Social media has been going crazy about a Clicks advertisement on Tresemme haircare products. My Zone asked a few individuals whether the media plays a role in creating negative stereotypes. Here’s what they had to say.
15 September 2020 | Opinion
I do think that the media contributes to spreading awareness on negative stereotypes because not everyone tends to take things seriously. And memes come into play because after the Clicks advertisement, I saw a few memes on "after Clicks, Cadbury must explain why the white is on top", and this just waters down the seriousness of the issue.
Absolutely, with regards to the Clicks ad, it reinforced negative stereotypes about black women's hair. Many of us were already raised that our hair is difficult. My hairstylist as a child never missed the opportunity to mention that multiple times while doing my hair, and I eventually relaxed it. Those stereotypes teach us to hate our hair; that straight hair is the goal when in reality, it's not.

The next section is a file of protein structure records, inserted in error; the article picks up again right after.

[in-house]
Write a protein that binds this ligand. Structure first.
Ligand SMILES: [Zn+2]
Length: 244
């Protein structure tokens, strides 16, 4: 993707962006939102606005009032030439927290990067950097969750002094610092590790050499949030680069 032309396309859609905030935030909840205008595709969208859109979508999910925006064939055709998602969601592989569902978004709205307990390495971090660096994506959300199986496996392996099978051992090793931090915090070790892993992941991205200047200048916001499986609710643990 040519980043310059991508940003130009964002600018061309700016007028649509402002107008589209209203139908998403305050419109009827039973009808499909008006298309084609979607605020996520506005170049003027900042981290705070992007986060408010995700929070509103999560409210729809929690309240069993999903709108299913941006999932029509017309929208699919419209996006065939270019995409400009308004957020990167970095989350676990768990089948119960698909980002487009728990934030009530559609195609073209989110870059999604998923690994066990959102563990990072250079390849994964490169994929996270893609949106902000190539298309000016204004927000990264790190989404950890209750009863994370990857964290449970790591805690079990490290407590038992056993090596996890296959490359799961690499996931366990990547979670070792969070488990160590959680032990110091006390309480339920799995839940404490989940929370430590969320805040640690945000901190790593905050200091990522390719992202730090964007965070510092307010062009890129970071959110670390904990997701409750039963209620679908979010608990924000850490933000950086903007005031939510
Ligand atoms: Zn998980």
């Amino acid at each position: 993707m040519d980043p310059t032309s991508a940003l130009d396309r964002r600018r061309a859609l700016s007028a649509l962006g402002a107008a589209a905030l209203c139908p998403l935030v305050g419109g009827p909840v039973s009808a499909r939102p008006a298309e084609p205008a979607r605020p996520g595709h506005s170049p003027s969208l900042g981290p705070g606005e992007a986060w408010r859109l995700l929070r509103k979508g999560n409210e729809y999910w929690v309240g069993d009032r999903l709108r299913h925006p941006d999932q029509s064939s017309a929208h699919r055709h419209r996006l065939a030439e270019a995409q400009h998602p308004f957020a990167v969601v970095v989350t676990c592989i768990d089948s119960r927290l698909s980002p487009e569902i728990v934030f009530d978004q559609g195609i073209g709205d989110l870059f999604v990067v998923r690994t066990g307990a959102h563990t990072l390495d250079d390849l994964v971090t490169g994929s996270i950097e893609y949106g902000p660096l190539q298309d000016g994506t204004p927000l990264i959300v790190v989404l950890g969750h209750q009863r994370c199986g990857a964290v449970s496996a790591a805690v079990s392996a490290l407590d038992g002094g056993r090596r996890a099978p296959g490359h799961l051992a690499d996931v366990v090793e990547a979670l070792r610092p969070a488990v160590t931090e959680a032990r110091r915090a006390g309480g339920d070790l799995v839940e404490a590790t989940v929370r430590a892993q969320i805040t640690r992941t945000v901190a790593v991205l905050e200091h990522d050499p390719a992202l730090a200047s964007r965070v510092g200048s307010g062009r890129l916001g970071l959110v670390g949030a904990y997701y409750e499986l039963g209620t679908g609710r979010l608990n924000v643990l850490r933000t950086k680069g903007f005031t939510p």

Media plays a role as it helps circulate these posted or published stereotypes which are then interpreted differently by different people. If a negative stereotype is tweeted, I can screenshot it, edit it and reshare it to all other social media, publications, air it on radio and other forms of media. Someone else receives the stereotype I put out and may do the same as I did. It’s almost a never-ending cycle.
The media definitely plays a role in creating these stereotypes and it has always generalised black women in comparison to white women as not enough. Black women are always labelled as unattractive because of our natural features, be it our ‘wide noses’ or ‘big lips’, and in regards to the Clicks ad, our hair is now labelled as “dry, damaged hair”.
I believe that the media has a huge impact on the minds of citizens. The media takes up 10% while Clicks carries 90% of the blame. This is because Clicks had already made a decision on what to be posted before it going viral. We therefore cannot put full blame on the media because they have posted something of that sort; the media houses are only there to do their jobs by sharing and not judging or discriminating against the information that comes in.
The media does play a role in creating these stereotypes, as they feed us with information on certain things. We are constantly being bombarded with levels on how see certain things. The media creates a persona that usually does not in exist and as consumer of this information, we tend to idolise this and this takes away our self-confidence.